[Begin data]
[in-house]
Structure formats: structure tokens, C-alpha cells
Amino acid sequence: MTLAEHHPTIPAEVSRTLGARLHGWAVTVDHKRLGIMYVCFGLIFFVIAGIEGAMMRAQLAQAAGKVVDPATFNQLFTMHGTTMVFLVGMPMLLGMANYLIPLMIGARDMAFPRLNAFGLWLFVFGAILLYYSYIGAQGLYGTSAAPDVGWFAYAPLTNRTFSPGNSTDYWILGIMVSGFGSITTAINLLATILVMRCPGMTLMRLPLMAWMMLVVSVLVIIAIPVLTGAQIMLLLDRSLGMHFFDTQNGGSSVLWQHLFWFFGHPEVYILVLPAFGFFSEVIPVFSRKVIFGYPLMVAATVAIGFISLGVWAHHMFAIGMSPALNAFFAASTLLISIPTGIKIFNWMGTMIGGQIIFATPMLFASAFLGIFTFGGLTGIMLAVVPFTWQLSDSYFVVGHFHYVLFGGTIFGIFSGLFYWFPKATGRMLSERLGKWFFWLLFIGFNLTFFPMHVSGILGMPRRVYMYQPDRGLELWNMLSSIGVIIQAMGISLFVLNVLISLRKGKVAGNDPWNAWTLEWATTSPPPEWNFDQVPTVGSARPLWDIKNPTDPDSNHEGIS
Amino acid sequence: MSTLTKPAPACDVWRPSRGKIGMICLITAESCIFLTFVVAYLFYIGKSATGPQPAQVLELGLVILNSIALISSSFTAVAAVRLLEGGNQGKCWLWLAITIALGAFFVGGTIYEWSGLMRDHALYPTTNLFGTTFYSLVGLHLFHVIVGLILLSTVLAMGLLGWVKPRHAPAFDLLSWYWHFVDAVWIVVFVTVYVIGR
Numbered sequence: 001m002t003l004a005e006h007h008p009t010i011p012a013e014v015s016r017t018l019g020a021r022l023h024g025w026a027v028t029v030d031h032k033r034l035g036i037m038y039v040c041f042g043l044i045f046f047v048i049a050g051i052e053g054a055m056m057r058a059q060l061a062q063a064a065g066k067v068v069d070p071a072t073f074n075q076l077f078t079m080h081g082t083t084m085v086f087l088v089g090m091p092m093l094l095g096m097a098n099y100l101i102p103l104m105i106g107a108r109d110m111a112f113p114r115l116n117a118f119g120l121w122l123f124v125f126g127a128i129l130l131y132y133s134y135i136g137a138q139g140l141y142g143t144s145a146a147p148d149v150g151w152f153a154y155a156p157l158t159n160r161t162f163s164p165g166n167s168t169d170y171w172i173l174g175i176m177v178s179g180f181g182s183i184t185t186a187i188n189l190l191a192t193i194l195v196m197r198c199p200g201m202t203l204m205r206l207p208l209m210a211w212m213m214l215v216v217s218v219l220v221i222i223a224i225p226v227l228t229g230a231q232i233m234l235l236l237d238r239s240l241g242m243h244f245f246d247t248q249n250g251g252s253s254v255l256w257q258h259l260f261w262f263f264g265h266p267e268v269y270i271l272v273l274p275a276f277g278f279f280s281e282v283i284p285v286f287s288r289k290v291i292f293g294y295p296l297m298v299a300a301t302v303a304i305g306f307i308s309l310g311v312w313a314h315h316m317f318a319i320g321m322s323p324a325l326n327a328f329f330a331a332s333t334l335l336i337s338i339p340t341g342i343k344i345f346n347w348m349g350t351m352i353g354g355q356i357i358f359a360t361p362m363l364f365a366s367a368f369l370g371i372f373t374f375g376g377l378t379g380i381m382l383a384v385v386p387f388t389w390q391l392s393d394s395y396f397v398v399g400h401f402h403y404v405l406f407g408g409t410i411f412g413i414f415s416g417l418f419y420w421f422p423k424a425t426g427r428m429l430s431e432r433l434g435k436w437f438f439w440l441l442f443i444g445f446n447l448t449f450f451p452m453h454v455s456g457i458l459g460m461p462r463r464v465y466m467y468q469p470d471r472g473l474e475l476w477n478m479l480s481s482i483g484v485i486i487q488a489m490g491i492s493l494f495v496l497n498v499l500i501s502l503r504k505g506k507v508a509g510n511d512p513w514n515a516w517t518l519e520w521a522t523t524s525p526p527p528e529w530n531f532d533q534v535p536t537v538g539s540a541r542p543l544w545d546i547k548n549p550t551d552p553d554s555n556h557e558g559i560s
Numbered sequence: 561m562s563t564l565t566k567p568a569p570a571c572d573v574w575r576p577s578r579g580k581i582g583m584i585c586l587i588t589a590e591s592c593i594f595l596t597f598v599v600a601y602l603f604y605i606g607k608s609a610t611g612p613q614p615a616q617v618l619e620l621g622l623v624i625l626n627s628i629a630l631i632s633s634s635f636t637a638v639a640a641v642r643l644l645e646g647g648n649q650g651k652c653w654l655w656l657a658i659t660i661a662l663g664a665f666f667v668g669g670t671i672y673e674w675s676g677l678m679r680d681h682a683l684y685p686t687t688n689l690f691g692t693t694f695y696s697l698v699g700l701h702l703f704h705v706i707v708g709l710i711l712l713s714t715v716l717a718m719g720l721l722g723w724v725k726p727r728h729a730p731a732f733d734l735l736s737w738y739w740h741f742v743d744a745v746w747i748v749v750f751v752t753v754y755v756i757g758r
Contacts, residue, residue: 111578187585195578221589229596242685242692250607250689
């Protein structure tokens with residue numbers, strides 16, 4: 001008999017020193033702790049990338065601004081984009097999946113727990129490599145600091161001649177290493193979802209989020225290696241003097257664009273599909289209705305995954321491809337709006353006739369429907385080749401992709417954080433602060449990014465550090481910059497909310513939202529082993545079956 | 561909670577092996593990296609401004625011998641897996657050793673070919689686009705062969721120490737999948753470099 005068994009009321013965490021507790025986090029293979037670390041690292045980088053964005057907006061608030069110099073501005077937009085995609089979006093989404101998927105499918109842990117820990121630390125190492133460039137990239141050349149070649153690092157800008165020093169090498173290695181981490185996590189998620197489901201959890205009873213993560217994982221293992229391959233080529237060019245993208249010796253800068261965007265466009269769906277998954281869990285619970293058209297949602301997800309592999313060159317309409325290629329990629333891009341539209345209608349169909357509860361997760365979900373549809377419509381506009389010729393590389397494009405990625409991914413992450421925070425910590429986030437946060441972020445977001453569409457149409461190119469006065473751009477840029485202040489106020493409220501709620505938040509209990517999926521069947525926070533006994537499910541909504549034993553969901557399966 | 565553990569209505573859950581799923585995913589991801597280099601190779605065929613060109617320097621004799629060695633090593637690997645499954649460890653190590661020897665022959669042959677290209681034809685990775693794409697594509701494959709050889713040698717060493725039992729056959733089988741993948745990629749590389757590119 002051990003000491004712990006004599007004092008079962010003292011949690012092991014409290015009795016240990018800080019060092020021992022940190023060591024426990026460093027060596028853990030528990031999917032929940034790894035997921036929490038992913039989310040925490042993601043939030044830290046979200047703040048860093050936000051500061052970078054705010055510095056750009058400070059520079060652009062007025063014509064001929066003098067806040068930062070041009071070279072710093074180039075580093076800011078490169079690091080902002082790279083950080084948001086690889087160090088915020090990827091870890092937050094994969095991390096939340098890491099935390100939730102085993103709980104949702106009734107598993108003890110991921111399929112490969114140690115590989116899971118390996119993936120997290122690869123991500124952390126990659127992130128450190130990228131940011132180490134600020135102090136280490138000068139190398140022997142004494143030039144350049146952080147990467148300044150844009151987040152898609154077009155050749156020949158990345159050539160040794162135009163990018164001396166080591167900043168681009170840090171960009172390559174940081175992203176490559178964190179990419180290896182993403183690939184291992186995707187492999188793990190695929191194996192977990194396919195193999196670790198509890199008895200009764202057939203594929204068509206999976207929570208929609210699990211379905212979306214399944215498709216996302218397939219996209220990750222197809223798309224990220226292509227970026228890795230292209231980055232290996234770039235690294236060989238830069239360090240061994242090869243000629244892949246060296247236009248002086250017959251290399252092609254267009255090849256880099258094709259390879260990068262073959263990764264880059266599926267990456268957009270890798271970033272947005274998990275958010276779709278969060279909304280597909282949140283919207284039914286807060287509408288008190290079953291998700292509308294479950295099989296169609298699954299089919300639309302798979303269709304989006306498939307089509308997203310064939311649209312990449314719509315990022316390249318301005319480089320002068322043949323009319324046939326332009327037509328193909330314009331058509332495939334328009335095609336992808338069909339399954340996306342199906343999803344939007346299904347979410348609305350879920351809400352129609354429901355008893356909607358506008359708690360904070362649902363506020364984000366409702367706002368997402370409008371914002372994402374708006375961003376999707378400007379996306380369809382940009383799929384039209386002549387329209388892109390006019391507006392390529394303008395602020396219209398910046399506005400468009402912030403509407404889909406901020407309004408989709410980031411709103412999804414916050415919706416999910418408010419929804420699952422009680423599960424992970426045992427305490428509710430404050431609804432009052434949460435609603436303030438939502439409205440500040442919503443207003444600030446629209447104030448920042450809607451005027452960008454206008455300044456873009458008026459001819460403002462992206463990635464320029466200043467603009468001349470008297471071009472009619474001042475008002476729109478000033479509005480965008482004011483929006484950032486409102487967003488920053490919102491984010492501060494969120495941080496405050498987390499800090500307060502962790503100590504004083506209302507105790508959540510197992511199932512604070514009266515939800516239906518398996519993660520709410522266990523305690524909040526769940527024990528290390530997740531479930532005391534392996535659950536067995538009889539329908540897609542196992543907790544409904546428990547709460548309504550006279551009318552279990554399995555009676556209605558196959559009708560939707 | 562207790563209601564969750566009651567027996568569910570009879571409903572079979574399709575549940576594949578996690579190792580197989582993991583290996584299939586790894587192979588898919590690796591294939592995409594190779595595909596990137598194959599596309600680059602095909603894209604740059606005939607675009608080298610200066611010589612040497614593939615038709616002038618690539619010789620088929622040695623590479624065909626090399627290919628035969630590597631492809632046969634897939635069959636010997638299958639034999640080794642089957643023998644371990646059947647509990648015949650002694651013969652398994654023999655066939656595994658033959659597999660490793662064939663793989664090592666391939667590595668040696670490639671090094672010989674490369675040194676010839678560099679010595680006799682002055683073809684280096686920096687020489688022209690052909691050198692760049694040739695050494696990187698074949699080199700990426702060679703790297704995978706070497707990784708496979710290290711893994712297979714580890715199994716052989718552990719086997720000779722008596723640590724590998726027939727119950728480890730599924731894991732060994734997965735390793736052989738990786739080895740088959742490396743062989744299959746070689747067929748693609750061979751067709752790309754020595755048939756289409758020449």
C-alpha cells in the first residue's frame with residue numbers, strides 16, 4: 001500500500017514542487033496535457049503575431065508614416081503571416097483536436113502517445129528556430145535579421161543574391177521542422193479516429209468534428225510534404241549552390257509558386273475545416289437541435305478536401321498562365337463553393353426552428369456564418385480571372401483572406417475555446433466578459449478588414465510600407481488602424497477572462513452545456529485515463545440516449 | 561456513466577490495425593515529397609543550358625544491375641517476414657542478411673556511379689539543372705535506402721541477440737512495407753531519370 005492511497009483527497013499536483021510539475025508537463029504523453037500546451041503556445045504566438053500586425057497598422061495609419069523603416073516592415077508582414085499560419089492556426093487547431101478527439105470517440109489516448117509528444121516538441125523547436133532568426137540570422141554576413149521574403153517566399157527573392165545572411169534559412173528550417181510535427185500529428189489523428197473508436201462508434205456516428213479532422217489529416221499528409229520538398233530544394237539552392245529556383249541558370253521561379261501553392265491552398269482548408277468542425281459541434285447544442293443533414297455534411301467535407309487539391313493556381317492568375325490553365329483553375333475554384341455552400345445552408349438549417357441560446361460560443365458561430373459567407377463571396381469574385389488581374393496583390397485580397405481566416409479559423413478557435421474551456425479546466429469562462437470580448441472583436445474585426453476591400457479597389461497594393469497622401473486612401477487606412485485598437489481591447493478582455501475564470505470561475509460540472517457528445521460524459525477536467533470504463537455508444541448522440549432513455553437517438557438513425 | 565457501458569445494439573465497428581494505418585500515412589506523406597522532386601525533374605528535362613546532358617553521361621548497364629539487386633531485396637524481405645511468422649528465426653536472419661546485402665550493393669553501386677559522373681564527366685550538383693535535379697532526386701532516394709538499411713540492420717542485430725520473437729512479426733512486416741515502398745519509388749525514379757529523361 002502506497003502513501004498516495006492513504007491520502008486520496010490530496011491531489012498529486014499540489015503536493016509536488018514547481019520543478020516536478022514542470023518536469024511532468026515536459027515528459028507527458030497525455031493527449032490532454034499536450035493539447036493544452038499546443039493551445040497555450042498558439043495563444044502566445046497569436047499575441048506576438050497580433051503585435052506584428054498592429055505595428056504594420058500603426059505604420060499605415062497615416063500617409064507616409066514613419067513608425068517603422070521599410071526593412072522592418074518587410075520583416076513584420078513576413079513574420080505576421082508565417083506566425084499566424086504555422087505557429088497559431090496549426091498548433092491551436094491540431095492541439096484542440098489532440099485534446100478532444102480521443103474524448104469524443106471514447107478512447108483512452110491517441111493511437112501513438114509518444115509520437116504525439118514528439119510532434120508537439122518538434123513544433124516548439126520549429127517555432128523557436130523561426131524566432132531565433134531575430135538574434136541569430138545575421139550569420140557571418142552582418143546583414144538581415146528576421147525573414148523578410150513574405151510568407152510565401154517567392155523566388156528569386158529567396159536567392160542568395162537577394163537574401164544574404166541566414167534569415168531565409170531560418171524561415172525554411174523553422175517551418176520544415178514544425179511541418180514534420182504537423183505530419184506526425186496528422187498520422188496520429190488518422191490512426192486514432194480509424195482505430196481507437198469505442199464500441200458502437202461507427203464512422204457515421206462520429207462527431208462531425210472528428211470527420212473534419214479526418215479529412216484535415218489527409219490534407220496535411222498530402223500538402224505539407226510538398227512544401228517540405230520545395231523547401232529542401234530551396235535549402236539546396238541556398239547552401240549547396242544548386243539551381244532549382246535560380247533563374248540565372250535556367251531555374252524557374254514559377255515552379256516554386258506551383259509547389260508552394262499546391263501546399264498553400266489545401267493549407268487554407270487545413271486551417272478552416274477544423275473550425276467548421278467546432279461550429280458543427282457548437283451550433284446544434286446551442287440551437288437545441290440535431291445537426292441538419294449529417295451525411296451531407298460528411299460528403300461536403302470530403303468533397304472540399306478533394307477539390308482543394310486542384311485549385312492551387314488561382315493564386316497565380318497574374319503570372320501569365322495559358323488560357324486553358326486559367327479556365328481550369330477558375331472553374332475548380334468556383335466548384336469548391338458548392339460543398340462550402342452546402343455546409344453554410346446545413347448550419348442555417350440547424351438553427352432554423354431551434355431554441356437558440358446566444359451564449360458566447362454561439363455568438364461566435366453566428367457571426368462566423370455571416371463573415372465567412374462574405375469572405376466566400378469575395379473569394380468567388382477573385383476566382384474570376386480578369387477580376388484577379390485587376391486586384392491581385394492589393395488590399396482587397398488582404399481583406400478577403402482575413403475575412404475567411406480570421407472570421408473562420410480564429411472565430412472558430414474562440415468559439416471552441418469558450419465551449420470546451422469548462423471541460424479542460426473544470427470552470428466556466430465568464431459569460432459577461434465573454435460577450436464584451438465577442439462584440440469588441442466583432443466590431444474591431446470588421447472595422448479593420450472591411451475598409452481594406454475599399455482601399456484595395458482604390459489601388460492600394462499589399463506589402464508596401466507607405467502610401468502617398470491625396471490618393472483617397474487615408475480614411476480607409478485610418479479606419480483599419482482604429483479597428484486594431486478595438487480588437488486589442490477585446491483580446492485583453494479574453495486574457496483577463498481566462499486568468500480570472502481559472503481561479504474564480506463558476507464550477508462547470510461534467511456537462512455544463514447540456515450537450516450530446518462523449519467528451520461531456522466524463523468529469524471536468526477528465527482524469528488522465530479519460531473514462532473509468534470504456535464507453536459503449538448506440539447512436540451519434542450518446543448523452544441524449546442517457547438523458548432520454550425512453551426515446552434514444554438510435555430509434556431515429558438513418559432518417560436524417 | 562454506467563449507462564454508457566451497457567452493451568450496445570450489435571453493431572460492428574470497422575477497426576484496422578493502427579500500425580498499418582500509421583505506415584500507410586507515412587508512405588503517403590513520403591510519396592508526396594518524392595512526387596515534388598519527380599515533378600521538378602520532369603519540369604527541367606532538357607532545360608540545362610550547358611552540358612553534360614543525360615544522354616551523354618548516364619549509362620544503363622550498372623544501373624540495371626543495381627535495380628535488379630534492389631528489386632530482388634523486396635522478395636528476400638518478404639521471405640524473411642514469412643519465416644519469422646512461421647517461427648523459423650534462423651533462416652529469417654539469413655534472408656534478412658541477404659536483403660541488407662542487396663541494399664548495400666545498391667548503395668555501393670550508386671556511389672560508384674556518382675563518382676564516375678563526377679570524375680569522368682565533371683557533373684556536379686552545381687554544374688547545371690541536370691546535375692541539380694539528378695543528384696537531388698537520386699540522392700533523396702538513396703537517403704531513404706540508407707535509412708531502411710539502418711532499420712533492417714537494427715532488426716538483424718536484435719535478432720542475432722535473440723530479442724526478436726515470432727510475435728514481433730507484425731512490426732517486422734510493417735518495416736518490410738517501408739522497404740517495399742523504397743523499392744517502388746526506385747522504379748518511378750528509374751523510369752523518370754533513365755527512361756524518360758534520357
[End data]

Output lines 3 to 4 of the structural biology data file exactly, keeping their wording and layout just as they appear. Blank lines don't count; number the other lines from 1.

Amino acid sequence: MTLAEHHPTIPAEVSRTLGARLHGWAVTVDHKRLGIMYVCFGLIFFVIAGIEGAMMRAQLAQAAGKVVDPATFNQLFTMHGTTMVFLVGMPMLLGMANYLIPLMIGARDMAFPRLNAFGLWLFVFGAILLYYSYIGAQGLYGTSAAPDVGWFAYAPLTNRTFSPGNSTDYWILGIMVSGFGSITTAINLLATILVMRCPGMTLMRLPLMAWMMLVVSVLVIIAIPVLTGAQIMLLLDRSLGMHFFDTQNGGSSVLWQHLFWFFGHPEVYILVLPAFGFFSEVIPVFSRKVIFGYPLMVAATVAIGFISLGVWAHHMFAIGMSPALNAFFAASTLLISIPTGIKIFNWMGTMIGGQIIFATPMLFASAFLGIFTFGGLTGIMLAVVPFTWQLSDSYFVVGHFHYVLFGGTIFGIFSGLFYWFPKATGRMLSERLGKWFFWLLFIGFNLTFFPMHVSGILGMPRRVYMYQPDRGLELWNMLSSIGVIIQAMGISLFVLNVLISLRKGKVAGNDPWNAWTLEWATTSPPPEWNFDQVPTVGSARPLWDIKNPTDPDSNHEGIS
Amino acid sequence: MSTLTKPAPACDVWRPSRGKIGMICLITAESCIFLTFVVAYLFYIGKSATGPQPAQVLELGLVILNSIALISSSFTAVAAVRLLEGGNQGKCWLWLAITIALGAFFVGGTIYEWSGLMRDHALYPTTNLFGTTFYSLVGLHLFHVIVGLILLSTVLAMGLLGWVKPRHAPAFDLLSWYWHFVDAVWIVVFVTVYVIGR